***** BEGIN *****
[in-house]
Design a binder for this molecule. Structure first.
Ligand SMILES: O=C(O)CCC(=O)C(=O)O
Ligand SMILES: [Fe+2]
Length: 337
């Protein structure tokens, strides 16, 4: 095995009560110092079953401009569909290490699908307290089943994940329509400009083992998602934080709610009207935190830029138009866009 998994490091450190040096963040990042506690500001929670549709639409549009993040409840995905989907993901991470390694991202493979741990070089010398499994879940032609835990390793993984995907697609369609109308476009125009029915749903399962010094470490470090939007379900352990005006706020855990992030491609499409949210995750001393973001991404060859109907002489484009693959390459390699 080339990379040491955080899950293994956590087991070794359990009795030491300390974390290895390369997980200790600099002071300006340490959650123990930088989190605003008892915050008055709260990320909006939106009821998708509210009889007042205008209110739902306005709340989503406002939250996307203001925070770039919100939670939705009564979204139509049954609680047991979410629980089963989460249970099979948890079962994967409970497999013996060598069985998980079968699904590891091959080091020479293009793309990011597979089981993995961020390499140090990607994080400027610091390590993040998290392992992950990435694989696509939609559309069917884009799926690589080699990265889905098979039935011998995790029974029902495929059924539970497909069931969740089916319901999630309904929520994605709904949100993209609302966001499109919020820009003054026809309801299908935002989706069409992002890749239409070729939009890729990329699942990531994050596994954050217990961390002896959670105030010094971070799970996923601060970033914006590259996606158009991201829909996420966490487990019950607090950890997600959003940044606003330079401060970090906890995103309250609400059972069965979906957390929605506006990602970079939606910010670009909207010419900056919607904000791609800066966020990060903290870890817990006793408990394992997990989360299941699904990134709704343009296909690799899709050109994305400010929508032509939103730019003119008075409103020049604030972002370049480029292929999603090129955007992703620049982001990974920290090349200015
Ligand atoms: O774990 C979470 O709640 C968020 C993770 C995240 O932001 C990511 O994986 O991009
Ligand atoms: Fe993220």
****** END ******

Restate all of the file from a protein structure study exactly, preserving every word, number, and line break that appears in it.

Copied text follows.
[in-house]
Design a binder for this molecule. Structure first.
Ligand SMILES: O=C(O)CCC(=O)C(=O)O
Ligand SMILES: [Fe+2]
Length: 337
């Protein structure tokens, strides 16, 4: 095995009560110092079953401009569909290490699908307290089943994940329509400009083992998602934080709610009207935190830029138009866009 998994490091450190040096963040990042506690500001929670549709639409549009993040409840995905989907993901991470390694991202493979741990070089010398499994879940032609835990390793993984995907697609369609109308476009125009029915749903399962010094470490470090939007379900352990005006706020855990992030491609499409949210995750001393973001991404060859109907002489484009693959390459390699 080339990379040491955080899950293994956590087991070794359990009795030491300390974390290895390369997980200790600099002071300006340490959650123990930088989190605003008892915050008055709260990320909006939106009821998708509210009889007042205008209110739902306005709340989503406002939250996307203001925070770039919100939670939705009564979204139509049954609680047991979410629980089963989460249970099979948890079962994967409970497999013996060598069985998980079968699904590891091959080091020479293009793309990011597979089981993995961020390499140090990607994080400027610091390590993040998290392992992950990435694989696509939609559309069917884009799926690589080699990265889905098979039935011998995790029974029902495929059924539970497909069931969740089916319901999630309904929520994605709904949100993209609302966001499109919020820009003054026809309801299908935002989706069409992002890749239409070729939009890729990329699942990531994050596994954050217990961390002896959670105030010094971070799970996923601060970033914006590259996606158009991201829909996420966490487990019950607090950890997600959003940044606003330079401060970090906890995103309250609400059972069965979906957390929605506006990602970079939606910010670009909207010419900056919607904000791609800066966020990060903290870890817990006793408990394992997990989360299941699904990134709704343009296909690799899709050109994305400010929508032509939103730019003119008075409103020049604030972002370049480029292929999603090129955007992703620049982001990974920290090349200015
Ligand atoms: O774990 C979470 O709640 C968020 C993770 C995240 O932001 C990511 O994986 O991009
Ligand atoms: Fe993220």